how do you shoot portraits?


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Feb 23, 2007
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Pandan Gardens
#1
i would like to know how you guys shoot portraits.

like those passport style type, without the use of studio lights.

how would you get the person to stand, and which lens you would prefer to use on a 1.6x body.

which angle to face the flash, etc

many thanks

(sorry mods, i dont know where to place this topic)
 

lsisaxon

Senior Member
Nov 29, 2004
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#2
i would like to know how you guys shoot portraits.

like those passport style type, without the use of studio lights.

how would you get the person to stand, and which lens you would prefer to use on a 1.6x body.

which angle to face the flash, etc

many thanks

(sorry mods, i dont know where to place this topic)
Sorry.. That's going to be quite tough.. Photography is about recording light. If your light isn't right, you're not going to get the kind of picture you want. Light from flash is quite harsh, so you're bound to get shadows. An option is to bounce the flash from a wite wall or a piece of white styrofoam board.
 

Dream Merchant

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Staff member
Jan 11, 2007
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#3
Alamak! I kenar 'arrow' by friends so many times oredi so a bit of an 'expert' with FOC passport photos and no DSLR/studio lights/my own flash also don't have.

One very good option mentioned by Lisiaxon is to bounce the flash. Since 'passport' style requires very even lighting, best is to stand a bit further back and bounce off ceiling. Make sure the subject is standing AWAY from the wall. PP BG to get it totally white.

No bounce flash, no probalem.

Stand the subject CLOSE to a white or light coloured wall and just blast away with flash. Switch on Red-Eye mode if needed. There will be a very hard and dark shadow behind, but because it's so clearly defined, it's very easy to PP away. Soften face in PS as necessary.

Of course, got bounce flash easier to control and less touching up to do.

Lens - anything except weide-angles should be more than enough.
 

zac08

Senior Member
Feb 21, 2005
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#4
Personally, I've shot quite a few too for frens and relatives, so shooting with a bounce card or the podket magiclight made it easy for me.

Generally I would bounce it directly upwards and create as little shadow as possible. Make sure that all features are clearly visible and nothing is obscured by hair or accessories. Getting the person to sit down makes it easier too... ;)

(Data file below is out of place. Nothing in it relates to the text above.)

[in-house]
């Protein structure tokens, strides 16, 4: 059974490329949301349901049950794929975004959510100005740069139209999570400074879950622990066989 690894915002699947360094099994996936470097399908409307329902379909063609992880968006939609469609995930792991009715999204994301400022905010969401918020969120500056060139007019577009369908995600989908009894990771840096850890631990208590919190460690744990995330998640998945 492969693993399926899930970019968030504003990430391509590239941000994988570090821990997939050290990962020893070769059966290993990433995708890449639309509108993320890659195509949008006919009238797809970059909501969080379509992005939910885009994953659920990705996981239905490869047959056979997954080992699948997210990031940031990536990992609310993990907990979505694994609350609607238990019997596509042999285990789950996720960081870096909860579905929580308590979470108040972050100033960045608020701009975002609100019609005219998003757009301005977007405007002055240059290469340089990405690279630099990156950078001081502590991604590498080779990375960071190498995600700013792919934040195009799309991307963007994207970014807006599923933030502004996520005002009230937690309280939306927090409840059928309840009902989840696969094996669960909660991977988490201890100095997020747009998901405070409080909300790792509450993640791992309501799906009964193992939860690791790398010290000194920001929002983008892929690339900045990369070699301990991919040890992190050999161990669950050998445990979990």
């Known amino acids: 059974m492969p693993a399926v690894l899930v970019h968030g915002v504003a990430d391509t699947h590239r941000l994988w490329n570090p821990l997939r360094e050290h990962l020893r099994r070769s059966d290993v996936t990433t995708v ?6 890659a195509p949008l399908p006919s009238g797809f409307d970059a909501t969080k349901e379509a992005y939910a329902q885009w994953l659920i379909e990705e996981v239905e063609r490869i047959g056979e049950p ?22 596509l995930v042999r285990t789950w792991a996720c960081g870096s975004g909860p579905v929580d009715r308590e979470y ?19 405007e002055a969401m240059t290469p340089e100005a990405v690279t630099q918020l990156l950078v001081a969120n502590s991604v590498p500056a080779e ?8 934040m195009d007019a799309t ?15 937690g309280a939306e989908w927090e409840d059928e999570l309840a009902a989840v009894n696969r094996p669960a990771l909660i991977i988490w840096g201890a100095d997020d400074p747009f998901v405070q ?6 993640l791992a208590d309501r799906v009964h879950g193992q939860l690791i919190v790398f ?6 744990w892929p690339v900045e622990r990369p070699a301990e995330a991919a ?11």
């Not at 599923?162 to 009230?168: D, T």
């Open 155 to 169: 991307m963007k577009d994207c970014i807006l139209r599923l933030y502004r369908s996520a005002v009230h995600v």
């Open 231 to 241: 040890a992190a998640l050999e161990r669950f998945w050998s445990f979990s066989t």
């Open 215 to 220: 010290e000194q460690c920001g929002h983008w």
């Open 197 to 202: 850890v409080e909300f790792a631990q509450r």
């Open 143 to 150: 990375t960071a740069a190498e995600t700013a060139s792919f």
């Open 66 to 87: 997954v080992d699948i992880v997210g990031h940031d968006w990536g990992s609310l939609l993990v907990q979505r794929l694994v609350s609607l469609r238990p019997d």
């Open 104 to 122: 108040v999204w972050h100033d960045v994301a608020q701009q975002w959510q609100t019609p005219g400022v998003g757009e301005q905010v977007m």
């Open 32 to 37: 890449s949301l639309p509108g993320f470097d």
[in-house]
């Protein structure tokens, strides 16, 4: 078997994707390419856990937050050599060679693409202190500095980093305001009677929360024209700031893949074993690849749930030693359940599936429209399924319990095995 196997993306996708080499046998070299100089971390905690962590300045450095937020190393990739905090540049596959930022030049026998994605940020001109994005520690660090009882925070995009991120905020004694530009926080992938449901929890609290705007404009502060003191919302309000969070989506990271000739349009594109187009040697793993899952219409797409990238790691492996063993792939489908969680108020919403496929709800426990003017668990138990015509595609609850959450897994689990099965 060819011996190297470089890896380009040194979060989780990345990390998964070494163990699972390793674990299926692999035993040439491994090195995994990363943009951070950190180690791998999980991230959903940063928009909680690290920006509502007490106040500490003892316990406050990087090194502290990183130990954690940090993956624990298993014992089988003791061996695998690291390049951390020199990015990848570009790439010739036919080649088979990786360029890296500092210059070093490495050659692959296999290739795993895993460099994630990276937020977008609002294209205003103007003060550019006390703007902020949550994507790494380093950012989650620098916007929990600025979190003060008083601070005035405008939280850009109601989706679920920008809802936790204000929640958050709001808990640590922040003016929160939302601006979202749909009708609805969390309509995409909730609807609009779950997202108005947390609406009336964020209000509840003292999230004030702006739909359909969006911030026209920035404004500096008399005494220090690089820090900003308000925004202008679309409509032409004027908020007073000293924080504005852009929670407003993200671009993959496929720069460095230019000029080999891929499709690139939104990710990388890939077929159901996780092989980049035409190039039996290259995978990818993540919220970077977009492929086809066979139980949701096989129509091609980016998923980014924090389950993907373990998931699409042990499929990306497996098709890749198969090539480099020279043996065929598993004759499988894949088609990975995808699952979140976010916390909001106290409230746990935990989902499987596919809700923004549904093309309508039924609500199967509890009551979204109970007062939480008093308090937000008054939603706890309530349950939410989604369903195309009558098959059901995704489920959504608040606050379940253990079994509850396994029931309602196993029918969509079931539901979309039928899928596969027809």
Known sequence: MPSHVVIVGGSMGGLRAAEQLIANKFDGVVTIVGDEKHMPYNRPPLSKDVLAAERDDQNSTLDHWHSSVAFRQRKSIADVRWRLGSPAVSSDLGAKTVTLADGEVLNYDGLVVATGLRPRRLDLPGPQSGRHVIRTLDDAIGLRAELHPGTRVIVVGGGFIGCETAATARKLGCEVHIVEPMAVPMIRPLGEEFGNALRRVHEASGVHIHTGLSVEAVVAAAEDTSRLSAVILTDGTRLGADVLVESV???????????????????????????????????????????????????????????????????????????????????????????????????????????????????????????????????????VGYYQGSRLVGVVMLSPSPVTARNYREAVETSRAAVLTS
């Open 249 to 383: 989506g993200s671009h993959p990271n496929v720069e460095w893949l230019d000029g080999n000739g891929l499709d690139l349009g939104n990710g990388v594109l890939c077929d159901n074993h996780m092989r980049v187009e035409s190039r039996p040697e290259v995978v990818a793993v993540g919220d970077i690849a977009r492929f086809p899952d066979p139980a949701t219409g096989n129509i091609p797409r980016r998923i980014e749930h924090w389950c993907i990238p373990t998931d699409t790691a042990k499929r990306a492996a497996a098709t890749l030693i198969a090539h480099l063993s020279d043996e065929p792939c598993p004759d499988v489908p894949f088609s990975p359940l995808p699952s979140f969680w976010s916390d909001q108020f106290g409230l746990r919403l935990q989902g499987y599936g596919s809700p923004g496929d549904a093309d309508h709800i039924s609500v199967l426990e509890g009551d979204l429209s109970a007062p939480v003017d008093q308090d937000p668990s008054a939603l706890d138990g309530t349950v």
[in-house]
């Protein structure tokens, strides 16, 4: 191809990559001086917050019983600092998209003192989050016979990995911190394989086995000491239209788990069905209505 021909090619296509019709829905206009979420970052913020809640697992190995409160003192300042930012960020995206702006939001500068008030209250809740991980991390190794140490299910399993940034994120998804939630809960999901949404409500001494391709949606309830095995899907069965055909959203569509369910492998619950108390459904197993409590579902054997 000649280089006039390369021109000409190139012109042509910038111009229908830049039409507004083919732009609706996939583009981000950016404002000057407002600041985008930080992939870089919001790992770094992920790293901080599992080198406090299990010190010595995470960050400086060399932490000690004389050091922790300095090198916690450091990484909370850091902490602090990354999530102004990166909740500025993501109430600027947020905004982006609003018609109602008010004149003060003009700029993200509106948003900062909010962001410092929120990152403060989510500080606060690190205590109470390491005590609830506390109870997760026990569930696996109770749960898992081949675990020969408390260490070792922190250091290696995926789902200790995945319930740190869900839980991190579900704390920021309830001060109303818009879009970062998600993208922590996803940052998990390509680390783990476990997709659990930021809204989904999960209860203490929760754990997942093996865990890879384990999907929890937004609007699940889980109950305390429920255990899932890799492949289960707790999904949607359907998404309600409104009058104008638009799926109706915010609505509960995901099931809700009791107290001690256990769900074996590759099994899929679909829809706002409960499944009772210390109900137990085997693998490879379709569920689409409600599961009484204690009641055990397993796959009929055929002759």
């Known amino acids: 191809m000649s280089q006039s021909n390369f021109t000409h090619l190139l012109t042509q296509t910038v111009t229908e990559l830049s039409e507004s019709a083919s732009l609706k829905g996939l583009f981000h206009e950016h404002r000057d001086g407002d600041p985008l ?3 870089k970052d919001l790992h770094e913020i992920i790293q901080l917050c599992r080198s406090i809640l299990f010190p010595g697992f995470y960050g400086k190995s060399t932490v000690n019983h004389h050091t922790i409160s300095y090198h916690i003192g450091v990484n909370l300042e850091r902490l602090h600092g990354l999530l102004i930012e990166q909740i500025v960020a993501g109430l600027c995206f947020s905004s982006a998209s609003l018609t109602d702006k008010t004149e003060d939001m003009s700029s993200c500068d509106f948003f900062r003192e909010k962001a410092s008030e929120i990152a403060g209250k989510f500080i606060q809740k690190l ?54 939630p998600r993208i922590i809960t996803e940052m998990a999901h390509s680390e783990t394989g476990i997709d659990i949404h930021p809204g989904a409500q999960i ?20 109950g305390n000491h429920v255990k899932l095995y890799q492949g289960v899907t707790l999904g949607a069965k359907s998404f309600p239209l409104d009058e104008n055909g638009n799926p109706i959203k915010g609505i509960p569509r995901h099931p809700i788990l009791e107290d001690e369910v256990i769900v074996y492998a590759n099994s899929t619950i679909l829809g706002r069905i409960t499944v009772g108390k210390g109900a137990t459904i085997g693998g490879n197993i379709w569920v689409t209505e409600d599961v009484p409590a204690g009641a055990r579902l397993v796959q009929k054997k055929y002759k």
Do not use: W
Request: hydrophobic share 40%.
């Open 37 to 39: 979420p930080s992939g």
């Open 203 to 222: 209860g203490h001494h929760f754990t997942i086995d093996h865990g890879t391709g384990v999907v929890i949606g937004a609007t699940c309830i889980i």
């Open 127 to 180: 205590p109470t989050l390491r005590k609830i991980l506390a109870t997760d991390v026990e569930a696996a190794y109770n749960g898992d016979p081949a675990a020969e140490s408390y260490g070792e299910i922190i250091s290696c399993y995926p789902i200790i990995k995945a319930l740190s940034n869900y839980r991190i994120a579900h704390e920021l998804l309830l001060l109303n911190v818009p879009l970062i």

Feb 23, 2007
411
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16
Pandan Gardens
#5
hmmm..

im thinking of using a 50 f/1.8, much better than the kit lens im using..

as for lighting, if i cannot PS the photos as i need to give them immediately, what do you guys suggest?

is there anything else i should look out for?

i've seen photos where the bodies is slightly tilted. is that suggested?
 

Snoweagle

Senior Member
Jan 26, 2005
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Pasir Ris, Singapore
#6
i would like to know how you guys shoot portraits.

like those passport style type, without the use of studio lights.

how would you get the person to stand, and which lens you would prefer to use on a 1.6x body.

which angle to face the flash, etc

many thanks

(sorry mods, i dont know where to place this topic)
This is totally subjective. If you don't wish to use studio lights, you can make use of a few flash units and sync them together using a transmitter.

Portraiture is all about the creativity of the photographer. There's no fixed rule of how the model should pose or how to angle the light, etc.
 

lsisaxon

Senior Member
Nov 29, 2004
11,941
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#7
This is totally subjective. If you don't wish to use studio lights, you can make use of a few flash units and sync them together using a transmitter.

Portraiture is all about the creativity of the photographer. There's no fixed rule of how the model should pose or how to angle the light, etc.
You've got to learn the rules first before you learn how to break them. Without knowing the rules, it's harder to know how you can creatively break them. End of the day, the learning curve becomes steeper because you won't know what you're trying to achieve.
 

Snoweagle

Senior Member
Jan 26, 2005
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Pasir Ris, Singapore
#8
You've got to learn the rules first before you learn how to break them. Without knowing the rules, it's harder to know how you can creatively break them. End of the day, the learning curve becomes steeper because you won't know what you're trying to achieve.
Yeah i agree, that's why i said it's all up to your own creativity cos there's no fixed rule to shoot portraiture. Ultimately it's what u really like that's impt. Of cos, the model must also be satisfied with your shots. As u go along, u'll learn more n more.
 

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